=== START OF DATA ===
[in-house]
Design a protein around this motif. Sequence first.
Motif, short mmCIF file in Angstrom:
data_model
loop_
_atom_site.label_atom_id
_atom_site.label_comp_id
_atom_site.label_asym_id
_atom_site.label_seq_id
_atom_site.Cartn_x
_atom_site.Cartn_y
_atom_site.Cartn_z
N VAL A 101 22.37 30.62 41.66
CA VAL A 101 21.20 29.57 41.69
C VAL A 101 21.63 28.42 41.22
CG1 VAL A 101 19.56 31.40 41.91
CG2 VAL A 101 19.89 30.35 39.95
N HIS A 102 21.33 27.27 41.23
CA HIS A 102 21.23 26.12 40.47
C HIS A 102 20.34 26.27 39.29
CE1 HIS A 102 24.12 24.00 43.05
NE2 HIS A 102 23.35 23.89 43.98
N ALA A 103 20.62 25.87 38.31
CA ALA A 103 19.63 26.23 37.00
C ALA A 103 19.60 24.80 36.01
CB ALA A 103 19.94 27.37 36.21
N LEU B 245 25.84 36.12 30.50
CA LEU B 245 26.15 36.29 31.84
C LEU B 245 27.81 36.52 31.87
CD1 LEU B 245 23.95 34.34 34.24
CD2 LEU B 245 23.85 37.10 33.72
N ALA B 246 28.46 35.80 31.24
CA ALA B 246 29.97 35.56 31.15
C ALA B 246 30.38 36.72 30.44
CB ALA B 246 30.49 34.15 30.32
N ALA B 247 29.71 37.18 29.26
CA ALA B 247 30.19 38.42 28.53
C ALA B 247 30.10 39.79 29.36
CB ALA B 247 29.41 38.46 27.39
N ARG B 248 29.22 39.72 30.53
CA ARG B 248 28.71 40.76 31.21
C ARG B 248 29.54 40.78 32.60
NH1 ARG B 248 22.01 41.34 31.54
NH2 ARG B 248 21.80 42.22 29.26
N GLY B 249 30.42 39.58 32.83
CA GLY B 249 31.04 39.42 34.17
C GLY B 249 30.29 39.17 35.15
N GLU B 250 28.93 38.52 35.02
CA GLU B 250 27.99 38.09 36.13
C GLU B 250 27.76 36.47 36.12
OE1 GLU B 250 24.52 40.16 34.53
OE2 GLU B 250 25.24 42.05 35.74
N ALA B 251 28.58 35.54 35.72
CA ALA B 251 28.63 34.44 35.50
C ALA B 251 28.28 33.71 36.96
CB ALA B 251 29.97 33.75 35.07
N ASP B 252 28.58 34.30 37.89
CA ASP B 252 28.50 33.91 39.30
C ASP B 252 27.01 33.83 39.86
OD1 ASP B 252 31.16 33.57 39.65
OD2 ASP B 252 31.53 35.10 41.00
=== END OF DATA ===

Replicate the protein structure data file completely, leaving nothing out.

[in-house]
Design a protein around this motif. Sequence first.
Motif, short mmCIF file in Angstrom:
data_model
loop_
_atom_site.label_atom_id
_atom_site.label_comp_id
_atom_site.label_asym_id
_atom_site.label_seq_id
_atom_site.Cartn_x
_atom_site.Cartn_y
_atom_site.Cartn_z
N VAL A 101 22.37 30.62 41.66
CA VAL A 101 21.20 29.57 41.69
C VAL A 101 21.63 28.42 41.22
CG1 VAL A 101 19.56 31.40 41.91
CG2 VAL A 101 19.89 30.35 39.95
N HIS A 102 21.33 27.27 41.23
CA HIS A 102 21.23 26.12 40.47
C HIS A 102 20.34 26.27 39.29
CE1 HIS A 102 24.12 24.00 43.05
NE2 HIS A 102 23.35 23.89 43.98
N ALA A 103 20.62 25.87 38.31
CA ALA A 103 19.63 26.23 37.00
C ALA A 103 19.60 24.80 36.01
CB ALA A 103 19.94 27.37 36.21
N LEU B 245 25.84 36.12 30.50
CA LEU B 245 26.15 36.29 31.84
C LEU B 245 27.81 36.52 31.87
CD1 LEU B 245 23.95 34.34 34.24
CD2 LEU B 245 23.85 37.10 33.72
N ALA B 246 28.46 35.80 31.24
CA ALA B 246 29.97 35.56 31.15
C ALA B 246 30.38 36.72 30.44
CB ALA B 246 30.49 34.15 30.32
N ALA B 247 29.71 37.18 29.26
CA ALA B 247 30.19 38.42 28.53
C ALA B 247 30.10 39.79 29.36
CB ALA B 247 29.41 38.46 27.39
N ARG B 248 29.22 39.72 30.53
CA ARG B 248 28.71 40.76 31.21
C ARG B 248 29.54 40.78 32.60
NH1 ARG B 248 22.01 41.34 31.54
NH2 ARG B 248 21.80 42.22 29.26
N GLY B 249 30.42 39.58 32.83
CA GLY B 249 31.04 39.42 34.17
C GLY B 249 30.29 39.17 35.15
N GLU B 250 28.93 38.52 35.02
CA GLU B 250 27.99 38.09 36.13
C GLU B 250 27.76 36.47 36.12
OE1 GLU B 250 24.52 40.16 34.53
OE2 GLU B 250 25.24 42.05 35.74
N ALA B 251 28.58 35.54 35.72
CA ALA B 251 28.63 34.44 35.50
C ALA B 251 28.28 33.71 36.96
CB ALA B 251 29.97 33.75 35.07
N ASP B 252 28.58 34.30 37.89
CA ASP B 252 28.50 33.91 39.30
C ASP B 252 27.01 33.83 39.86
OD1 ASP B 252 31.16 33.57 39.65
OD2 ASP B 252 31.53 35.10 41.00